Chief Quartermaster of the Department of North Carolina to the Quartermaster General, and the Latter's Reply

New Bern [N.C.]  April 29. 1862

General,  I have the honor to report that there are already about six hundred “Contrabands” in this Department, dependent upon the Army for a support.  General Burnside directed me, after the battle of New Bern, to take all that applied for work upon my rolls at $8 00/100 per month and a ration and clothing.  They are continually coming in and I respectfully request that I may be instructed by you concerning them.  I do not know what the custom is at other Posts in regard to them, nor what regulations for their Government may have been established by the authorities at Washington.  The number will soon be very large and I hope that a Superintendent may be appointed over them.  I am General Very respectfully Your ob'dt Svt.

Herman Biggs

[Washington, D.C.]  May 6th 1862.

Captain; Your letter of the 29th ult, relating to the employment of colored persons, has been received.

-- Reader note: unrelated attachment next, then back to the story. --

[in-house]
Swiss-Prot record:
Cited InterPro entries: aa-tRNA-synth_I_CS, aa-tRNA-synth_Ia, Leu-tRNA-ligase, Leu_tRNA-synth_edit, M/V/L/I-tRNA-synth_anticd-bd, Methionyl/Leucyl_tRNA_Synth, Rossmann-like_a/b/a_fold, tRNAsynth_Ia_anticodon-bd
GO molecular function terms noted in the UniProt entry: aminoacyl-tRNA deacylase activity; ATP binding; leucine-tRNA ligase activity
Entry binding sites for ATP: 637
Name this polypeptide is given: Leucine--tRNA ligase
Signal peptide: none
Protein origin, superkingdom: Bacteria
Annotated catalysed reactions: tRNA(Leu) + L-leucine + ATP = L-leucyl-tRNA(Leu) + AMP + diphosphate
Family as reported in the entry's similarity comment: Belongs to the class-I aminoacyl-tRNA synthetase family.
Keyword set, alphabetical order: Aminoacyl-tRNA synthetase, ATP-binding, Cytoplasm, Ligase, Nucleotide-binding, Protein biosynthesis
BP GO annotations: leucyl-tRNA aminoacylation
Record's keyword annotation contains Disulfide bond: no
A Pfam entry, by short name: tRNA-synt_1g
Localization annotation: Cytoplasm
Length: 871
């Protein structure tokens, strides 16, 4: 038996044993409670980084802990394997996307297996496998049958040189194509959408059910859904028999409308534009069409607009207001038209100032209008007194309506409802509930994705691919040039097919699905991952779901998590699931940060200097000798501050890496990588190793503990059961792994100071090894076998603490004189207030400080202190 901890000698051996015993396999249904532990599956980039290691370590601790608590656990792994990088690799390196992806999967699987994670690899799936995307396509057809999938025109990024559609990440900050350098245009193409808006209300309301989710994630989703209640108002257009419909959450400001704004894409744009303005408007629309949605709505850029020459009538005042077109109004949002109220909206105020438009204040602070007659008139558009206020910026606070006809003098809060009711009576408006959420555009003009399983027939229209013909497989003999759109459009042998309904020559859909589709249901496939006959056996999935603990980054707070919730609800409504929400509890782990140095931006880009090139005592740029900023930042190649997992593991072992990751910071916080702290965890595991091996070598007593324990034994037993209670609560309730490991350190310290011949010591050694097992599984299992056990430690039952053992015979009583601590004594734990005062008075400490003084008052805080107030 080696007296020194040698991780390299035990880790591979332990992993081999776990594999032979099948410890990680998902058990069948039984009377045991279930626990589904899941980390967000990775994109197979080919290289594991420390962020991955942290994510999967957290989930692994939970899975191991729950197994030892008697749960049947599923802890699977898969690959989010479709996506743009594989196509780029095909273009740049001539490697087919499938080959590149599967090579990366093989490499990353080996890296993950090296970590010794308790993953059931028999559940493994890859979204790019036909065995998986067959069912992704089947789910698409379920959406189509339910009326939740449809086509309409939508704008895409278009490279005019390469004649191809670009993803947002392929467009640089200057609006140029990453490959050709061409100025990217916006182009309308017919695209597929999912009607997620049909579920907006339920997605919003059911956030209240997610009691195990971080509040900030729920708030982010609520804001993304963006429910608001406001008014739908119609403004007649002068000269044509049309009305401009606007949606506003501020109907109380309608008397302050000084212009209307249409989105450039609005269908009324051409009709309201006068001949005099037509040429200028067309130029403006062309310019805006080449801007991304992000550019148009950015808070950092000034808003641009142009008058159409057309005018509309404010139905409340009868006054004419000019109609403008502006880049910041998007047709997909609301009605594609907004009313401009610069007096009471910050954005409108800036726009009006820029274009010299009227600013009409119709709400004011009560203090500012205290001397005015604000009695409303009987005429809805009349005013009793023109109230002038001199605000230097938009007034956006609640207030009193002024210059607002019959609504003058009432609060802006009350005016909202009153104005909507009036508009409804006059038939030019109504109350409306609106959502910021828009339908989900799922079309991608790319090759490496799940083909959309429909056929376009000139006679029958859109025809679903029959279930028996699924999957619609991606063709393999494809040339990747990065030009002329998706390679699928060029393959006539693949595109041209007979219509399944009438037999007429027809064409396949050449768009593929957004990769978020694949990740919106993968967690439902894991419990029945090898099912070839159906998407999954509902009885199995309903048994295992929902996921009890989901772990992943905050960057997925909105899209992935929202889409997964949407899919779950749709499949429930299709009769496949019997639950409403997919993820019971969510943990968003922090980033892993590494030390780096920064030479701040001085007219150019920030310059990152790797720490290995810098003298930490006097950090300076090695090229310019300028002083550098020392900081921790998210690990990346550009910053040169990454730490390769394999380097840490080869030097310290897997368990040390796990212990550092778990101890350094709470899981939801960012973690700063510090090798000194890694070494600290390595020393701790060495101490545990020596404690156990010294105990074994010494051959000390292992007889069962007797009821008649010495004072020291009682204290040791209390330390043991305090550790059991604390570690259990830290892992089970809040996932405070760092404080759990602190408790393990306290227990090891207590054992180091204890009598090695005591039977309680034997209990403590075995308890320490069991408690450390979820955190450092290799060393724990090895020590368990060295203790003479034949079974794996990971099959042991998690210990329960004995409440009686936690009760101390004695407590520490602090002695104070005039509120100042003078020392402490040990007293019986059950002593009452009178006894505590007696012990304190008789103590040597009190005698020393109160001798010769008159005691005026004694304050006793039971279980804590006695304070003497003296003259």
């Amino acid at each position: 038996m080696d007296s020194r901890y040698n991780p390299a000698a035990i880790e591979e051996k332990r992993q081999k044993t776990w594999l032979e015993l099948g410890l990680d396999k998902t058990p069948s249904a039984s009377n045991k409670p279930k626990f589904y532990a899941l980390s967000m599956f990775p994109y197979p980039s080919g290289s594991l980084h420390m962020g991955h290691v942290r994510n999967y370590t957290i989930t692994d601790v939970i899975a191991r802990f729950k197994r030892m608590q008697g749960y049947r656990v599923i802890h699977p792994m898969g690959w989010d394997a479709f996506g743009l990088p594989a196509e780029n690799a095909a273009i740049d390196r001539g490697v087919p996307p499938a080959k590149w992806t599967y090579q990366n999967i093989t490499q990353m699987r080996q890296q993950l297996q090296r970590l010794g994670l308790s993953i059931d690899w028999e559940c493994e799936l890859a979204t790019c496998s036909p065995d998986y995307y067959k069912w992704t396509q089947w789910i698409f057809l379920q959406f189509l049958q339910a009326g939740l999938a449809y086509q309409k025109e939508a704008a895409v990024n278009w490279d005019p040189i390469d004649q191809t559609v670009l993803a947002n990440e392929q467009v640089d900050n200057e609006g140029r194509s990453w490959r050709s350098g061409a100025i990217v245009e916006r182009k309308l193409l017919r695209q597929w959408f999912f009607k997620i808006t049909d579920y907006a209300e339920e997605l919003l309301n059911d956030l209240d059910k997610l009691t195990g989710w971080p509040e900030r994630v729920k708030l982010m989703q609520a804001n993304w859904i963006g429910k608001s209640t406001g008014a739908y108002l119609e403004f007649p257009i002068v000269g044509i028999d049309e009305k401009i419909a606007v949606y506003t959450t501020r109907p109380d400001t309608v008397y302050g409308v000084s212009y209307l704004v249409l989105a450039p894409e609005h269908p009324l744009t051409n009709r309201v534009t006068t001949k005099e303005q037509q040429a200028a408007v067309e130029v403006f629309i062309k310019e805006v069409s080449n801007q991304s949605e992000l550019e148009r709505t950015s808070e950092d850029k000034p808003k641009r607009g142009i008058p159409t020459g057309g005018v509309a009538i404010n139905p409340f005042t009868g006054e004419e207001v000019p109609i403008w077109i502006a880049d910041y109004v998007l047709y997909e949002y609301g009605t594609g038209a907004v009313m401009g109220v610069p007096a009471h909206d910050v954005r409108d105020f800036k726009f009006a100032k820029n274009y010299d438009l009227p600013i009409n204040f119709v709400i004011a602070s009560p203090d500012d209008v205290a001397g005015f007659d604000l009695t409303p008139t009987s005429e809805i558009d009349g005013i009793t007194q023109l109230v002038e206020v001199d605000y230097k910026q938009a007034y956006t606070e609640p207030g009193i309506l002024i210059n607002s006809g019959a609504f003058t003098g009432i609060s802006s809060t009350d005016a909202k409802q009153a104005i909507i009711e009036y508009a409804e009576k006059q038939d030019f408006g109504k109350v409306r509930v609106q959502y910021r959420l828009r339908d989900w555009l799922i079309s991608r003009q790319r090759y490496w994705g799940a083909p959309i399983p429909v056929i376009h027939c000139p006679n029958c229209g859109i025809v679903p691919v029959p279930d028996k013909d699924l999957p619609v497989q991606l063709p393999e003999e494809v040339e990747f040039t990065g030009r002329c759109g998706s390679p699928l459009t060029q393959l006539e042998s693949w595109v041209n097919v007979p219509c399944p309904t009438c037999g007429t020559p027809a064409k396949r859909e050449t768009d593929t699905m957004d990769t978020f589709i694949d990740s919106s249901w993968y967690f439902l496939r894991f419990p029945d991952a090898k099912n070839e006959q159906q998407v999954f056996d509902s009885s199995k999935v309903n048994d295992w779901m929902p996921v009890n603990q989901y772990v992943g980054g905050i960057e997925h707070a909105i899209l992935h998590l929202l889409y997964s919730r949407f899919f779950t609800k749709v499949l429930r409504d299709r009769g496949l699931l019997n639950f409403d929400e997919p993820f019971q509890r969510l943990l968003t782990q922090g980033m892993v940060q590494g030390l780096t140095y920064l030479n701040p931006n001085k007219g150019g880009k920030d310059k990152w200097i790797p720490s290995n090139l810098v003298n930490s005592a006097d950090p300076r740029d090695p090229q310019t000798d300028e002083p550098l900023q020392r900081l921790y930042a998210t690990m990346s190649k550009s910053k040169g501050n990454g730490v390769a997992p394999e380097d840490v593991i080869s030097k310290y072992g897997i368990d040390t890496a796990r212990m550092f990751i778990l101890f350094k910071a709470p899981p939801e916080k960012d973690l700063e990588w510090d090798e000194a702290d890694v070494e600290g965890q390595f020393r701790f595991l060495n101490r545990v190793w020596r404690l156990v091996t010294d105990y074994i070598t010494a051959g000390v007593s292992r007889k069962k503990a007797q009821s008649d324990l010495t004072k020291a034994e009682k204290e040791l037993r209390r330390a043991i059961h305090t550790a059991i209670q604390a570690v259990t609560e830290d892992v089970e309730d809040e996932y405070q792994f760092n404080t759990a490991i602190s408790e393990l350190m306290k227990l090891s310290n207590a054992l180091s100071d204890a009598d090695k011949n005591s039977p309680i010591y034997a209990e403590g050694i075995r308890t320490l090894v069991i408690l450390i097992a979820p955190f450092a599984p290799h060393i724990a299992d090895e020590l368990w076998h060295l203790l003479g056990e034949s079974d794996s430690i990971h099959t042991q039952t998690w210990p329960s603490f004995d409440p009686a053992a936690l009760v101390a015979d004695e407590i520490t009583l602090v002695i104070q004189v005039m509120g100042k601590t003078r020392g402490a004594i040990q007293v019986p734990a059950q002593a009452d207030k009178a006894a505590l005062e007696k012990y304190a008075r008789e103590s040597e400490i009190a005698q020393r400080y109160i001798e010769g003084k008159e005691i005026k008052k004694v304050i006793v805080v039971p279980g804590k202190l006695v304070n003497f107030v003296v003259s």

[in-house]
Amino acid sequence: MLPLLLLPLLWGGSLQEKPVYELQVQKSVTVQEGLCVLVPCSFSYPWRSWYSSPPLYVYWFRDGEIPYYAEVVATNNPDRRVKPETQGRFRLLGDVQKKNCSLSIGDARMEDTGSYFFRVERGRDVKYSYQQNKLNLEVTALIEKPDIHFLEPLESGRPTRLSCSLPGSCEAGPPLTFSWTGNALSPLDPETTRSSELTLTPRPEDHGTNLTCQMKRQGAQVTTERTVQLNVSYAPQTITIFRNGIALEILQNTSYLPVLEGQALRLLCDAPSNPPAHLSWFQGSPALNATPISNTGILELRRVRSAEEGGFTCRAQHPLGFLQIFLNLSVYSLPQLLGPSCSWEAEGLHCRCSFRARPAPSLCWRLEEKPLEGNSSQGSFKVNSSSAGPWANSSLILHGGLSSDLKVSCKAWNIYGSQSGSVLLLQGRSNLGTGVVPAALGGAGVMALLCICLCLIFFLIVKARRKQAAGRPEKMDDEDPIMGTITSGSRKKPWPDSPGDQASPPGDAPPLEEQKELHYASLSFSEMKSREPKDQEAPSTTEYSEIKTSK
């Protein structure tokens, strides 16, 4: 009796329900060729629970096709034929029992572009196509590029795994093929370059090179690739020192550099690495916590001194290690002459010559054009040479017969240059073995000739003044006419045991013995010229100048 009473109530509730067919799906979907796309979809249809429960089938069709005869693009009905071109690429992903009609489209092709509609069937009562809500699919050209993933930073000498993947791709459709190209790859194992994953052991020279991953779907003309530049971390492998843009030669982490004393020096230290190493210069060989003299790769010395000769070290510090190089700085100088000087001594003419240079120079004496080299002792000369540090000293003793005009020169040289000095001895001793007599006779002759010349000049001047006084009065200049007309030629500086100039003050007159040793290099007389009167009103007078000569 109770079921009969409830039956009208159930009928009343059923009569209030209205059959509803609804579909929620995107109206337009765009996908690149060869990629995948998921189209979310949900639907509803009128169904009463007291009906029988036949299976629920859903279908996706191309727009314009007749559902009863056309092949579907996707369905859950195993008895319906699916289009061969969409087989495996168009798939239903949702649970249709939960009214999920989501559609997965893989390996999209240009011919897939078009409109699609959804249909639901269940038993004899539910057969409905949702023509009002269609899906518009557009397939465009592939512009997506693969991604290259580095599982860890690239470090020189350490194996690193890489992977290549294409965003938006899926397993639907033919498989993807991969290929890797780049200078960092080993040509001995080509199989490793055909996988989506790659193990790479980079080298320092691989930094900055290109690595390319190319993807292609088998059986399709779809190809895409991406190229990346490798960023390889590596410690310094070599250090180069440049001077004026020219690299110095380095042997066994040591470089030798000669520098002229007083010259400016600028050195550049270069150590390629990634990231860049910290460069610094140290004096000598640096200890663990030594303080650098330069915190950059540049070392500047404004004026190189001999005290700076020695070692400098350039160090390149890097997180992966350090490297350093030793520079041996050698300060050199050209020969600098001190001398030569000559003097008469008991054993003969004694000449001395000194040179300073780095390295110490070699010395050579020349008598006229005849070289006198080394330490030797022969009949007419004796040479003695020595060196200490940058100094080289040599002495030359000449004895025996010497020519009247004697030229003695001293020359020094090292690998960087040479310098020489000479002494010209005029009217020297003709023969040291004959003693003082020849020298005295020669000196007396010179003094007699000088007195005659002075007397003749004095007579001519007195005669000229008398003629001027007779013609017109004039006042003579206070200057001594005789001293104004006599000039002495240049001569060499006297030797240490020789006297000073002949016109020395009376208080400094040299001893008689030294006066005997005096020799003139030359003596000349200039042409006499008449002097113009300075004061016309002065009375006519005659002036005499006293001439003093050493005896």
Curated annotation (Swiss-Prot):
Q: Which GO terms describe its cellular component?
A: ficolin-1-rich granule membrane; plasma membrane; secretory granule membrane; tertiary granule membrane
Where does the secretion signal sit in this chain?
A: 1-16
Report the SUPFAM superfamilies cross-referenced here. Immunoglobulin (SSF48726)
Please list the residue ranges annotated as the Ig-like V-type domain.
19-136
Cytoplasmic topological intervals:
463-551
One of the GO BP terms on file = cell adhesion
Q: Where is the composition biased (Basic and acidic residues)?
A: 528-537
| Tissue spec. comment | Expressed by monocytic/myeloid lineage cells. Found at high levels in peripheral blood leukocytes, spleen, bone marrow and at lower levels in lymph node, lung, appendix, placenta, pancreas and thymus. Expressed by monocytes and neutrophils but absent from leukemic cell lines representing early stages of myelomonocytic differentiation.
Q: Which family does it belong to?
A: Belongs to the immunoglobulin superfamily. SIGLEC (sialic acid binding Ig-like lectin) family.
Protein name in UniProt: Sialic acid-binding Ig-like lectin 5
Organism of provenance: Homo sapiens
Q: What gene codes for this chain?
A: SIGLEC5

While much of the work in the Quarter Master's Department, should properly be done by extra duty soldiers, who are entitled to the opportunity to earn the extra duty pay, there is no objection, but, an advantage, in the employment at fair rates, of such able bodied colored men, as can be profitably employed in doing necessary work.  Beyond this, the Department has no right to go;–no right to originate or carry on, unnecessary work, for the purpose of employing either white or black men.

The appropriations, are for the public service, and the public work, not for charity.

It is probably necessary in some cases, in order to prevent starvation, to issue rations to persons, who may not be really needed for necessary work.  From such persons, I think some equivalent in occasional labor–should be required.

They might be set to policing a city, or the Camps, or be engaged in other such employment, which will prevent their becoming, entirely useless charges upon the public.

Black men, make very good teamsters and hostlers for the general train.  The Regimental train is driven by the enlisted wagoners of the companies.

(Sgd) M. C. Meigs.

Chief Qr. Mr. Herman Biggs to Brig. Genl. M. C. Meigs, 29 Apr. 1862, “New Berne, N.C.,” Consolidated Correspondence File, series 225, Central Records, Quartermaster General's Office, Record Group 92, National Archives; M. C. Meigs to Captain Herman Biggs, 6 May 1862, vol. 59, pp. 478–79, Letters Sent, series 9, Central Records, Quartermaster General's Office, Record Group 92, National Archives.

Published in The Wartime Genesis of Free Labor: The Upper South, pp. 122–23.